I’ve known this day was coming for a long time. Mom has been talking about moving for months, and if I’m honest, years. To tell you the truth, I have secretly thought they were just words. The secret desires of a woman who is journeying into the sunset of her golden years and it wouldn’t really happen. And then my eldest brother moved. That’s when the fire was really lit underneath her goal and she secretly began packing things, giving some of her things away to friends in the building and deciding what she would take, what would come to my house and what would be recycled or thrown away. She had quite a lot she planned to donate but that all changed with isolation and quarantine adjusting how we are able to dispense of unnecessary items.
Well, this week is “moving week” and there’s a lot going on in my life. My babies are teething – one is cutting tooth number five and six, the other is cutting tooth number seven and eight so lots of fussing and extra attention required. I have hurt my wrist which is affecting everything, even my ability to type. Changing diapers is one of the most painful tasks I can think of doing, aside from changing the boy’s clothes. And then I needed to make room for Mom’s things that I have inherited with her move. My five year old commented that I “cleaned up the dining room nicely” as he skipped around the emptier room. By the end afternoon, the room was piled high with boxes, furniture, shelves and miscellaneous items. I took a look at the humungous task I’m faced with over the next weeks – unpacking and sorting through what I will keep and what will be donated, given away, recycled and thrown out – and I feel overwhelmed. I immediately turned to Netflix, remembering they have a series called Tidying Up with Marie Kondo. She could be my saving grace.
She has strategies to help people declutter their houses so that their dwelling place feels like a home when they have tidied up. When I see the clutter people are living in, I don’t feel so terrible about how my house looks, especially because I know it’s temporary. But when Marie sees the clutter, she gasps in delight. “I love mess!” she confides as she smiles and starts organizing with her eyes.
Her strategy for helping people find success in tidying their homes and keeping it clean is to give them practical guidelines they can use to regain order and maintain it thereafter. She says to start with your clothes. Put all of your clothing in one big pile and then pick up each item and hold it in your hands. If the garment brings you joy, and you’ll wear it, keep it. If you have no emotional attachment to it, thank the garment as gratitude is important in life. Then set it aside in a ‘discard’ pile. Next, she has a specific way of folding items of clothing so they are neat and tidy. When you open your dresser drawer, you can clearly see what is in your drawer and choose what you need to.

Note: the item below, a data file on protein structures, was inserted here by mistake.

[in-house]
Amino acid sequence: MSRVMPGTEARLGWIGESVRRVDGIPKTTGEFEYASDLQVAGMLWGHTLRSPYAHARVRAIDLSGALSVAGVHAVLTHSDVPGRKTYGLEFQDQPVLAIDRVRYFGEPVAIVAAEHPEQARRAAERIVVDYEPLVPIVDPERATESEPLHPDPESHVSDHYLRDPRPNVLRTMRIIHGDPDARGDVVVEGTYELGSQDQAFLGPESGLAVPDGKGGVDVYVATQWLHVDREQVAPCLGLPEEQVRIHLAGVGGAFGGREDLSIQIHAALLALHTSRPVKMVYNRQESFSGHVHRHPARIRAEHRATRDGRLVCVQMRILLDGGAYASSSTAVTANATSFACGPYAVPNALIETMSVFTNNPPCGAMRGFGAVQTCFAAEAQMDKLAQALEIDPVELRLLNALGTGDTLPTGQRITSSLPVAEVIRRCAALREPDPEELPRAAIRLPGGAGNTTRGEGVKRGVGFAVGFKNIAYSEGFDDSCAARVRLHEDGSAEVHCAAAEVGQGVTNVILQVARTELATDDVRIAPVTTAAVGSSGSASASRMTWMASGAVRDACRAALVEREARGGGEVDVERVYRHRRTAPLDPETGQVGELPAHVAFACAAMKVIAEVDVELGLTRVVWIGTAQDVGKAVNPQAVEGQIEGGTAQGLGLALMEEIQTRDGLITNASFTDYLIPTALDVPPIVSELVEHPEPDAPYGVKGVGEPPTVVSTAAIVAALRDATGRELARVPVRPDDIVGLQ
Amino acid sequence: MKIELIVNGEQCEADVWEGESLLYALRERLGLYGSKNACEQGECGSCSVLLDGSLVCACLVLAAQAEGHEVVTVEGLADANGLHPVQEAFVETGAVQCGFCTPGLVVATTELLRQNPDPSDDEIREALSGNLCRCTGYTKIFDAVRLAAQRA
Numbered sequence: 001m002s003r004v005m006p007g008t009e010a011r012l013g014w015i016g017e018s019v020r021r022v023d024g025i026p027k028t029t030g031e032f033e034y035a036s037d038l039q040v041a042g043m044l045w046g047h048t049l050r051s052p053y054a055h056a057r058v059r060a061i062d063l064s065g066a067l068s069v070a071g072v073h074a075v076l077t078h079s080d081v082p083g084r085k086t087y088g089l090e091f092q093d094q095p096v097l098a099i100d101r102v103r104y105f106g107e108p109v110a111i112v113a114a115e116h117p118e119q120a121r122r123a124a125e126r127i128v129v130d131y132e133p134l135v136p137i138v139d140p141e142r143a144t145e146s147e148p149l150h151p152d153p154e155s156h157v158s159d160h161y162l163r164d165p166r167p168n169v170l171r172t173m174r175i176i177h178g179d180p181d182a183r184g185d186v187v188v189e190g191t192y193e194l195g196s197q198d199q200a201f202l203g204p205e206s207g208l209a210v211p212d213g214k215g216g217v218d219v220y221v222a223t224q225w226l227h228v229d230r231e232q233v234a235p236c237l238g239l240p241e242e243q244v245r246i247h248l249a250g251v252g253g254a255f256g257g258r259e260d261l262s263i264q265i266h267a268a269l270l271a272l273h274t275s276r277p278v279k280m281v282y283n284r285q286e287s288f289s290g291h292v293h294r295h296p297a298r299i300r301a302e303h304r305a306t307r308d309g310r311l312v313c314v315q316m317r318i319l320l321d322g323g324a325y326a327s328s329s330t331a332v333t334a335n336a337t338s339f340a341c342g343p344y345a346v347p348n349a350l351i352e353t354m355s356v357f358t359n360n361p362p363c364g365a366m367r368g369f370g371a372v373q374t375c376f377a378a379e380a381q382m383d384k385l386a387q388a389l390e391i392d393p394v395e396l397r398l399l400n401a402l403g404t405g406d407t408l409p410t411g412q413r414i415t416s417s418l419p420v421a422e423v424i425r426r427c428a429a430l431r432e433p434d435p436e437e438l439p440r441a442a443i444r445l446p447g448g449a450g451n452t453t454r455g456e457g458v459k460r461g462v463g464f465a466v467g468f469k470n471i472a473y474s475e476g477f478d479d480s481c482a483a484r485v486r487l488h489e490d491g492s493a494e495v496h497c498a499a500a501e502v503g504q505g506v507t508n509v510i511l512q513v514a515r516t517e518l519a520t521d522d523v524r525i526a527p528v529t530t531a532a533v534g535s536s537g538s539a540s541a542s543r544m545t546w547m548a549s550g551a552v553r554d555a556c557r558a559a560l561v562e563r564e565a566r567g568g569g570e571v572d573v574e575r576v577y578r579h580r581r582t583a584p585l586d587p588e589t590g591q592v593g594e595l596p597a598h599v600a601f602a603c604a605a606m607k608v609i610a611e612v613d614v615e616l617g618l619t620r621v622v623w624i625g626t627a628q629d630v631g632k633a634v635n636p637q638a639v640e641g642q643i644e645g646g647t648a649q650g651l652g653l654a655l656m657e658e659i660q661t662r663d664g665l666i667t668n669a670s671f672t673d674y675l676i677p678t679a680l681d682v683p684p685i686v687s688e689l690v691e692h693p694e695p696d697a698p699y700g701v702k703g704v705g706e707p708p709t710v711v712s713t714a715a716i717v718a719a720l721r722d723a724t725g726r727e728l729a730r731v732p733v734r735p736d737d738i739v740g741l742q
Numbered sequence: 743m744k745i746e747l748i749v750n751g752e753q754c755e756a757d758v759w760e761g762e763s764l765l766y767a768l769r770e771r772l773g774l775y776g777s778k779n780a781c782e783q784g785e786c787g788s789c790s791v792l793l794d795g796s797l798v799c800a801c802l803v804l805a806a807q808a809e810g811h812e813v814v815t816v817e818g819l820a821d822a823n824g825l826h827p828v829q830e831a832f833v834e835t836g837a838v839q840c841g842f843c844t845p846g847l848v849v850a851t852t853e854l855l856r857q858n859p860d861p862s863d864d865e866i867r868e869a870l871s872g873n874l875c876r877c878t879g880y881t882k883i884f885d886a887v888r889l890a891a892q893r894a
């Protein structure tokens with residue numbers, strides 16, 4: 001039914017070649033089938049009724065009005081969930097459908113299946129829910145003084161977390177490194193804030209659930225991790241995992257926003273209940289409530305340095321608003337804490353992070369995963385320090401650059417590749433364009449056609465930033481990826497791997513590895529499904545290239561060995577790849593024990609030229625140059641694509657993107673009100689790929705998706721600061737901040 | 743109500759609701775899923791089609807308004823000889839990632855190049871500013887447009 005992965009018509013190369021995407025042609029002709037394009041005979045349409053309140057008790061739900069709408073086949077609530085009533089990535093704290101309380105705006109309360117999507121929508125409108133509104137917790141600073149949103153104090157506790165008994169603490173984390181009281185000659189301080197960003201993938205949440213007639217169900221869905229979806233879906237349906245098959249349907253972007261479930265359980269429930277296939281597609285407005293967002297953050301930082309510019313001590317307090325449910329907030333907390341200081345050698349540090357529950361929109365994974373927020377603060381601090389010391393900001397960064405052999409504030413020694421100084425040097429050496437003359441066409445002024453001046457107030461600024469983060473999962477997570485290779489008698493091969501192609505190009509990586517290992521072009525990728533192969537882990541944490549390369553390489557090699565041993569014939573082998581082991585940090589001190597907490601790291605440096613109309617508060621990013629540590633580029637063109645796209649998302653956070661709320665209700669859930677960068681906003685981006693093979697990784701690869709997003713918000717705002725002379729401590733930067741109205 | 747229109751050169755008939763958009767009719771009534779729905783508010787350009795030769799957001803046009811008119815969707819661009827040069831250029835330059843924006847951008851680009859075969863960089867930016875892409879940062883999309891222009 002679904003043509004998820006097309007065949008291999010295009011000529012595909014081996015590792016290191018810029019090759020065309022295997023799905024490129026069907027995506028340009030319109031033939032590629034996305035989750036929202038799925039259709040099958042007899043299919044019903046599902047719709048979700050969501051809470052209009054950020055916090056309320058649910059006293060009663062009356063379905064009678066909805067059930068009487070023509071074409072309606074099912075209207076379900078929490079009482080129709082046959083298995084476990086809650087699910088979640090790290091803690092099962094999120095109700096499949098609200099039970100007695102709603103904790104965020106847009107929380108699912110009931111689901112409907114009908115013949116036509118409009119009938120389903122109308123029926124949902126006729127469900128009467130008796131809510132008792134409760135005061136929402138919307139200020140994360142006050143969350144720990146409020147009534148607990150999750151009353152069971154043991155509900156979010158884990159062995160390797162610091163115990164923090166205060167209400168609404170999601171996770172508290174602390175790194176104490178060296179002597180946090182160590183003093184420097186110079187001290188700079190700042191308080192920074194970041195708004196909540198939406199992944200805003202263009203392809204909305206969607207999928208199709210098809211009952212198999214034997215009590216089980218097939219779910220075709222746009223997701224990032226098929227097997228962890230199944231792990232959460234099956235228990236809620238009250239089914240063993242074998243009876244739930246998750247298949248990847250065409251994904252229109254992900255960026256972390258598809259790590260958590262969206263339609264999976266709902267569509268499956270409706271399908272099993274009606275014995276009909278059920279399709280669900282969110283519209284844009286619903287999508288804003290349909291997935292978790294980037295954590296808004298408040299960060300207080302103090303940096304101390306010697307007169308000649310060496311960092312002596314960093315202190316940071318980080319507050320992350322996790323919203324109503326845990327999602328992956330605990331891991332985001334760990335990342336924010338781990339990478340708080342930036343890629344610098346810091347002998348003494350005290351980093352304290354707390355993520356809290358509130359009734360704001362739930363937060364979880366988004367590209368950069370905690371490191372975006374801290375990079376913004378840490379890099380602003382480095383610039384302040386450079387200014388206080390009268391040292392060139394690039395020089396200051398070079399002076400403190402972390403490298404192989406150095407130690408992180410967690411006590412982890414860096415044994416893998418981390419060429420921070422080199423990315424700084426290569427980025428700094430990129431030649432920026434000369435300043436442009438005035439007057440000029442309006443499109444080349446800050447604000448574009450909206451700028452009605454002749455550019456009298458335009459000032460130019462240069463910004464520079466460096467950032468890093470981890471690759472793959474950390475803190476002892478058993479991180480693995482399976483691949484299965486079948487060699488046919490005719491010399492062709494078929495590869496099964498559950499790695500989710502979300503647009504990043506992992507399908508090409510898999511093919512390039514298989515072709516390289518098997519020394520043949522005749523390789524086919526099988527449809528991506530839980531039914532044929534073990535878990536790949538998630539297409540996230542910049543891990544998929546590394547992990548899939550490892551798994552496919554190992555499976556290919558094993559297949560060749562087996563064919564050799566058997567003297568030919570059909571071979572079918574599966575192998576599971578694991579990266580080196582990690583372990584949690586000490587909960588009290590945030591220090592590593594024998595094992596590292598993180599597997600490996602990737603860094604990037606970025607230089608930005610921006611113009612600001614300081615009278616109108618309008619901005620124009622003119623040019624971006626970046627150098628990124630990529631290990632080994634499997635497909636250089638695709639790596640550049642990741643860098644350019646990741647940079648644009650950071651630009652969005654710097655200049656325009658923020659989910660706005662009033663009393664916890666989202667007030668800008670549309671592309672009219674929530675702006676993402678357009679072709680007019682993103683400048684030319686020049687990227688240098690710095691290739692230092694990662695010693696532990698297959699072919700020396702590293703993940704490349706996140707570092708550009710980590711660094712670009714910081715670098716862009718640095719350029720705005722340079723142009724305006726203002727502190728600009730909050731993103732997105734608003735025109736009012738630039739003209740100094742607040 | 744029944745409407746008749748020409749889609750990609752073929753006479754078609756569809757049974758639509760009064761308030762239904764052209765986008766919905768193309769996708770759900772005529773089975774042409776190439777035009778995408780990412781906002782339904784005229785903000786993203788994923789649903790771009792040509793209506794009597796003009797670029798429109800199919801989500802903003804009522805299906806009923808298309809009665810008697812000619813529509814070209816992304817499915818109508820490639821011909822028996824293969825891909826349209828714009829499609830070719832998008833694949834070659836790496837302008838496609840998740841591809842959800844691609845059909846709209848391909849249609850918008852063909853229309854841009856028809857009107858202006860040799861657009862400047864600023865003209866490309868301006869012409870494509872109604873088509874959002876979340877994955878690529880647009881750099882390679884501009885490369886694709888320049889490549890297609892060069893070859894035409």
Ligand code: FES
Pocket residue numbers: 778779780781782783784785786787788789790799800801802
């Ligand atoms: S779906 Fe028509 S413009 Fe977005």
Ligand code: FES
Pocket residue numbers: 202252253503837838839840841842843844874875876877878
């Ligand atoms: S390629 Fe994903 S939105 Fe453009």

Next she moves people into the kitchen, the garage, the dining room and those drawers where we squirrel away items that become more out of sight, out of mind. We forget to go back and tidy those drawers up. Finally she focuses on sentimental items. Those things we all hold onto because of the memories and emotions attached to the item.
Overall, from the people Marie helps on the show, this is a difficult task to go through. Each of the people commented on how exhausted they were but also how happy they felt. And all of them said how the weight had been lifted off of their shoulders and their house felt like a welcoming home now.
This is giving me incentive to tackle the second home that has just taken up room in the house. I’m sure the boxes and things won’t stick around for long but I did need some inspiration to start the task at hand. So, while Mom declutters and simplifies her life, I’ll be putting order to the items she’s left behind. Hopefully she doesn’t decide she wanted something because I think I’m going to be really critical about what I keep! A simplified, tidy house looks amazing!
Have a great week, everyone.